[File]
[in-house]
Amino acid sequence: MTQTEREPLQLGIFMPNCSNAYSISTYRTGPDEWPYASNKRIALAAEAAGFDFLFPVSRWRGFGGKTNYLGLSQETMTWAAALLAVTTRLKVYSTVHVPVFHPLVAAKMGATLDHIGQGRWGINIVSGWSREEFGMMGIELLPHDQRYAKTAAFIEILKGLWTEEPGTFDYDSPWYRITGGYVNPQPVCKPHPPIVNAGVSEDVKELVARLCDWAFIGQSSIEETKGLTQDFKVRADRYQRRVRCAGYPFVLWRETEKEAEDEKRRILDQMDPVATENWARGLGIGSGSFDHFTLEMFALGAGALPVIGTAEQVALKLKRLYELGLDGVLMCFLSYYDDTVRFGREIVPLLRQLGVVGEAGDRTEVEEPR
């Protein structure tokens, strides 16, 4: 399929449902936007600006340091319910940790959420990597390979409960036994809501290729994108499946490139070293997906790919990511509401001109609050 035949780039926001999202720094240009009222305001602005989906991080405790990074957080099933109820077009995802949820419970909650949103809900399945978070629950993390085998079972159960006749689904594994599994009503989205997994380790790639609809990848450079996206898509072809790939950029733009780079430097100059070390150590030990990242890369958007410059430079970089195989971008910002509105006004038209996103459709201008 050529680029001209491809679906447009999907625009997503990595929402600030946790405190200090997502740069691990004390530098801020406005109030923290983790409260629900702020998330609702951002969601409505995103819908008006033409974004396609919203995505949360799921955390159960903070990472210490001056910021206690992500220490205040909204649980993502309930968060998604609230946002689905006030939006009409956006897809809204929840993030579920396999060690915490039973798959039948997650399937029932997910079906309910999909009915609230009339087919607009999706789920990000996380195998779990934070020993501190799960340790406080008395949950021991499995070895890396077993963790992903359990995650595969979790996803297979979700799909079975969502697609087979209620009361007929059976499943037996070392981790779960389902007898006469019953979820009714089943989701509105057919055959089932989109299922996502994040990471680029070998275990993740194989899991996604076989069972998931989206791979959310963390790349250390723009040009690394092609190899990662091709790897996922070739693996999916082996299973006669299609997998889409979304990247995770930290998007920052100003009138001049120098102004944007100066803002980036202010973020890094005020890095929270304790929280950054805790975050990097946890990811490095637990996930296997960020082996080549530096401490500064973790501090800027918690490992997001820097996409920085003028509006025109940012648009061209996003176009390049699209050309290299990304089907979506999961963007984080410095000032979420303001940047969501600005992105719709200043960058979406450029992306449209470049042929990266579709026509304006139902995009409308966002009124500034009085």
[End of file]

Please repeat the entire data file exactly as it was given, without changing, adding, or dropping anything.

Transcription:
[in-house]
Amino acid sequence: MTQTEREPLQLGIFMPNCSNAYSISTYRTGPDEWPYASNKRIALAAEAAGFDFLFPVSRWRGFGGKTNYLGLSQETMTWAAALLAVTTRLKVYSTVHVPVFHPLVAAKMGATLDHIGQGRWGINIVSGWSREEFGMMGIELLPHDQRYAKTAAFIEILKGLWTEEPGTFDYDSPWYRITGGYVNPQPVCKPHPPIVNAGVSEDVKELVARLCDWAFIGQSSIEETKGLTQDFKVRADRYQRRVRCAGYPFVLWRETEKEAEDEKRRILDQMDPVATENWARGLGIGSGSFDHFTLEMFALGAGALPVIGTAEQVALKLKRLYELGLDGVLMCFLSYYDDTVRFGREIVPLLRQLGVVGEAGDRTEVEEPR
């Protein structure tokens, strides 16, 4: 399929449902936007600006340091319910940790959420990597390979409960036994809501290729994108499946490139070293997906790919990511509401001109609050 035949780039926001999202720094240009009222305001602005989906991080405790990074957080099933109820077009995802949820419970909650949103809900399945978070629950993390085998079972159960006749689904594994599994009503989205997994380790790639609809990848450079996206898509072809790939950029733009780079430097100059070390150590030990990242890369958007410059430079970089195989971008910002509105006004038209996103459709201008 050529680029001209491809679906447009999907625009997503990595929402600030946790405190200090997502740069691990004390530098801020406005109030923290983790409260629900702020998330609702951002969601409505995103819908008006033409974004396609919203995505949360799921955390159960903070990472210490001056910021206690992500220490205040909204649980993502309930968060998604609230946002689905006030939006009409956006897809809204929840993030579920396999060690915490039973798959039948997650399937029932997910079906309910999909009915609230009339087919607009999706789920990000996380195998779990934070020993501190799960340790406080008395949950021991499995070895890396077993963790992903359990995650595969979790996803297979979700799909079975969502697609087979209620009361007929059976499943037996070392981790779960389902007898006469019953979820009714089943989701509105057919055959089932989109299922996502994040990471680029070998275990993740194989899991996604076989069972998931989206791979959310963390790349250390723009040009690394092609190899990662091709790897996922070739693996999916082996299973006669299609997998889409979304990247995770930290998007920052100003009138001049120098102004944007100066803002980036202010973020890094005020890095929270304790929280950054805790975050990097946890990811490095637990996930296997960020082996080549530096401490500064973790501090800027918690490992997001820097996409920085003028509006025109940012648009061209996003176009390049699209050309290299990304089907979506999961963007984080410095000032979420303001940047969501600005992105719709200043960058979406450029992306449209470049042929990266579709026509304006139902995009409308966002009124500034009085």